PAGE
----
In a series of black and white photographs, men and women long-dead stare impassively down the camera lens. Members of Alberta’s First Nations, they have been living off the Canadian land for 11,000 years. Now, their way of life is fading – but these snapshots remain as a fascinating record of a forgotten past.
By the time that European settlers first crossed the Atlantic in the 15th century, the indigenous peoples of Canada had already established complex societies. Often matriarchal in structure, these communities used word-of-mouth storytelling to pass down their knowledge and traditions through the generations.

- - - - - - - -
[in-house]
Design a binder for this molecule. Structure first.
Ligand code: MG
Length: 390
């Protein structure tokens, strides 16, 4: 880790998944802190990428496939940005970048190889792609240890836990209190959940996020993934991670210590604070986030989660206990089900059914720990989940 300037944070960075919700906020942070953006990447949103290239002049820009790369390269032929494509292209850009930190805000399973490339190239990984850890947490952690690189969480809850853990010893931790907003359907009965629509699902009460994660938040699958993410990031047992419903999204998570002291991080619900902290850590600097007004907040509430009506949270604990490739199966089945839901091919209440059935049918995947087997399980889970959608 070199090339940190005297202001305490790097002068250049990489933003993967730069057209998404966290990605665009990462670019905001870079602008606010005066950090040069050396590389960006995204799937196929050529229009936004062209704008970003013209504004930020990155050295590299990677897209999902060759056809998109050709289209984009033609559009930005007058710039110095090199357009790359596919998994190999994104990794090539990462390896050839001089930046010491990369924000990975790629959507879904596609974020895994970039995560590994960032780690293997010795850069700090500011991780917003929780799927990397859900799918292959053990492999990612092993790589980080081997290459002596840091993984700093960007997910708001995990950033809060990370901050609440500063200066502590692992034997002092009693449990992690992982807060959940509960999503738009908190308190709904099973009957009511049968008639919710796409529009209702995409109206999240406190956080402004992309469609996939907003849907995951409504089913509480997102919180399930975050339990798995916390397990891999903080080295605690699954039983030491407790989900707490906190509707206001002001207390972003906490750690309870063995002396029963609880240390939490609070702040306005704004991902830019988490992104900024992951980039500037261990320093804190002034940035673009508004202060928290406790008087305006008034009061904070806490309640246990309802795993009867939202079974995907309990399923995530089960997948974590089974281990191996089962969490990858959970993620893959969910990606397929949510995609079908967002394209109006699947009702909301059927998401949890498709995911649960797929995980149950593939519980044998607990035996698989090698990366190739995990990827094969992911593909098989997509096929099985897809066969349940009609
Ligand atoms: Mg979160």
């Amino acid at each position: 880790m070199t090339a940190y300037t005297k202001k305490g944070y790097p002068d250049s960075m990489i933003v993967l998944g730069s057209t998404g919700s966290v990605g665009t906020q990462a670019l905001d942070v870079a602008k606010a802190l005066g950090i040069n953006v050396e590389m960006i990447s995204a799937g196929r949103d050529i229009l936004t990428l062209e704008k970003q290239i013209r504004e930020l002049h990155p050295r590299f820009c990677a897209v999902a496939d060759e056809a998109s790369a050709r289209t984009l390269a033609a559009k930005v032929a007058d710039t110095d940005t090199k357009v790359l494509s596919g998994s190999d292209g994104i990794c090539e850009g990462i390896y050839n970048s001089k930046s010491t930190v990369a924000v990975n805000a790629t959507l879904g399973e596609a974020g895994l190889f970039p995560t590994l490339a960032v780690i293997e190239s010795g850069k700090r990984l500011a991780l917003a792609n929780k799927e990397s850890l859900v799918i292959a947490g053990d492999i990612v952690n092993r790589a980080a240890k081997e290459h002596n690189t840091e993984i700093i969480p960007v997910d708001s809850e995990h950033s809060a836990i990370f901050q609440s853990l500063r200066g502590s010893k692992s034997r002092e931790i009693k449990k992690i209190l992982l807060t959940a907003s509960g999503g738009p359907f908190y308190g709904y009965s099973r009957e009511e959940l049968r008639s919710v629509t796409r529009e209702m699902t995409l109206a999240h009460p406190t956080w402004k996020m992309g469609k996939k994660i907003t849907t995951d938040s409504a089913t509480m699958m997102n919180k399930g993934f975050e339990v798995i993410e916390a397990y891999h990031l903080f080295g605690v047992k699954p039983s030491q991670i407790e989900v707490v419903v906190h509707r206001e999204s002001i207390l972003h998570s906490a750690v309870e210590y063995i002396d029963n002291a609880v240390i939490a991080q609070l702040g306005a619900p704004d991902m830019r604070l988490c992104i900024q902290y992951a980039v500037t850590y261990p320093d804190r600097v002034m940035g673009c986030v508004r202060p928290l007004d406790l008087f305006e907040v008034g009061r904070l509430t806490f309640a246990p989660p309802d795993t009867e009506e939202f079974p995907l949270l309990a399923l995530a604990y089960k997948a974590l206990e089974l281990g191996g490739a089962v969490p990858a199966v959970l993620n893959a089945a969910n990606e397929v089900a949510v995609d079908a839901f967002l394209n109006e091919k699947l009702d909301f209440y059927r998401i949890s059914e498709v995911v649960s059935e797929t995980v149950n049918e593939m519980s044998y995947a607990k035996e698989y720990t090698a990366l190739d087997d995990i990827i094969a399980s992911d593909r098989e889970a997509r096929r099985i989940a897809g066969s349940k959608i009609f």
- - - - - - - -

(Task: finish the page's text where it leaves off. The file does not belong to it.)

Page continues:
At the time, many different tribes inhabited western Canada in the region that is now Alberta. Among them were the Blackfoot people – a loose confederacy of three tribes who enjoyed a close affiliation – and the Cree, whose descendants make up the biggest population of Native Americans in the country today.